For some reason, feature film remakes of classic television shows are produced as a joke; as if the original core material of these productions were unworthy from the get-go. But if that was true why would there be any attempt at all of a big-screen redo of a small-screen hit show?
Submitted for everyone’s disapproval at the box-office: the new and present danger of The Lone Ranger, and before that, 2011’s Dark Shadows; both of which just so happen to feature Johnny Depp in a lead role, and covered with overtly-white make-up, nonetheless.
Whether or not Depp was somehow attempting to re-hash his very successful look from his crazy-successful Pirates of the Caribbean films, or whether or not he was somehow attempting to just hide the fact that he was really in the Lone and Shadows films in the first place, let’s hope he’s now moved-on forever from the powdered-white-face look. Let’s hope, too, that the wretched ticket sales that accompanied the Dark and Ranger releases will not sink any future attempts to remake classic television programs for the big screen.
The bottom line: the remake genre is a worthy one, and should be kept alive, but by instating a new direction – far away from the “Hey-let’s-make-fun-of-the-original-TV-show” strategy.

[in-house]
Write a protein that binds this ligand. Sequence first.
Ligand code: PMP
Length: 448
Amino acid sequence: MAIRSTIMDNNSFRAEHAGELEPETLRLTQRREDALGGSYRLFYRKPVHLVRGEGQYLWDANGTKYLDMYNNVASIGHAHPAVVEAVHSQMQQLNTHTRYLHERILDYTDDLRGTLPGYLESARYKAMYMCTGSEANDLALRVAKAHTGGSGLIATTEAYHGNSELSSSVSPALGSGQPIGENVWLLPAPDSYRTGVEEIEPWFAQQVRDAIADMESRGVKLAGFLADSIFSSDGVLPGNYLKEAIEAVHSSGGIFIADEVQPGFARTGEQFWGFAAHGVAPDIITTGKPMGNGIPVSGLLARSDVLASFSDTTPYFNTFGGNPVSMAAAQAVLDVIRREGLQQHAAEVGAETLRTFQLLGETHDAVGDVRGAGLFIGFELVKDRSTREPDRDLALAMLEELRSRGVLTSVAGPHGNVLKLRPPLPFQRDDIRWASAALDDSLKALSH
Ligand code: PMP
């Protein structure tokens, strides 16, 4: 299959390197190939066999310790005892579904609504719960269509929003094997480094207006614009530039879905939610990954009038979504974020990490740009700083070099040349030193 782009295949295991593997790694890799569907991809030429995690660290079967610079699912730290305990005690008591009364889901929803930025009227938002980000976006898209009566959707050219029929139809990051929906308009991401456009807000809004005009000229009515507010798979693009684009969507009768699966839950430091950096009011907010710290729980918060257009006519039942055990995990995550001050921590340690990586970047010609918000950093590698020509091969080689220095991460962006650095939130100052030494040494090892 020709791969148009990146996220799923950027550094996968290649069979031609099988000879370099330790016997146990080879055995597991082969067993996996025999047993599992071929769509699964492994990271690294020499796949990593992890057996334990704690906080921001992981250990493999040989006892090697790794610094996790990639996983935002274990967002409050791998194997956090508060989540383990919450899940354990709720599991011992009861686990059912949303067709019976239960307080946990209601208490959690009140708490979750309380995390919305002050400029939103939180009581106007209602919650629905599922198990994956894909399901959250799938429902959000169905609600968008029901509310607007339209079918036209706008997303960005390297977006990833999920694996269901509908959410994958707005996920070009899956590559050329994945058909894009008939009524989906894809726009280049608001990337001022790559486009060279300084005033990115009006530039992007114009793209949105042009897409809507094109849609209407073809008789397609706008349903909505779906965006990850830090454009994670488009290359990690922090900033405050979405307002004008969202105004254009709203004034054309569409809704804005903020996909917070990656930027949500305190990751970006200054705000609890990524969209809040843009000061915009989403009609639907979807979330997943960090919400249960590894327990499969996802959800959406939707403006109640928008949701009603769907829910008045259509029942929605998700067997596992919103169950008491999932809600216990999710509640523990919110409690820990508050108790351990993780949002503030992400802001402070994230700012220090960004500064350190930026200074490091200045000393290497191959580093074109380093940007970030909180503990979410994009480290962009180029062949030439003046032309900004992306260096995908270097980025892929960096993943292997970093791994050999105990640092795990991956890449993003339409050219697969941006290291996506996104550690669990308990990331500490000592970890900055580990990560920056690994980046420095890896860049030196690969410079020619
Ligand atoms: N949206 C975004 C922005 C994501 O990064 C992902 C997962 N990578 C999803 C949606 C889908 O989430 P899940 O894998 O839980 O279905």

A similar “big-screen-joke” discrepancy transpired more than a few years back with theatrical rehashes of the TV shows, Starsky & Hutch and Charlie’s Angels.
But for some reason, that all changed when in their transference to movie house productions.Now, mind you, these two particular re-dos were not exactly sired from original Shakespearean works. Although both Hutch and Angels came from the wheelhouse mega-genius team of Aaron Spelling and Leonard Goldberg, this producing duo was not exactly bumping out Masterpiece Theatre on a weekly basis.
And although, too, Spelling and Goldberg were responsible for much higher-end TV product like The Mod Squad (which itself was remade into a non-jokey-but-just-plain-bad motion picture in 1999) and Family (now that show would make an interesting big-screen movie!), for the most part, their original Starsky and Charlie’s shows were played with straight faces.
The smirky-face of Ben Stiller and broken-nose look of Owen Wilson replaced the original handsome TV mugs of Paul Michael Glaser and David Soul. And the elegance and grace of the original Angels Kate Jackson, Jaclyn Smith and the one-and-only Farrah Fawcett was replaced in theatres by the kitschy-messy look of Drew Barrymore, Cameron Diaz and Lucy Lui.
Ok, fine – so now what?
Who’s going to be cast in the upcoming remakes of Gidget, Perry Mason and Father Knows Best, and how will these potential big-screen productions be played out and presented?
Hopefully, they will be performed and produced with respect for their original creative parentage – and that Johnny Depp will be nowhere in (powdered-white-face) sight.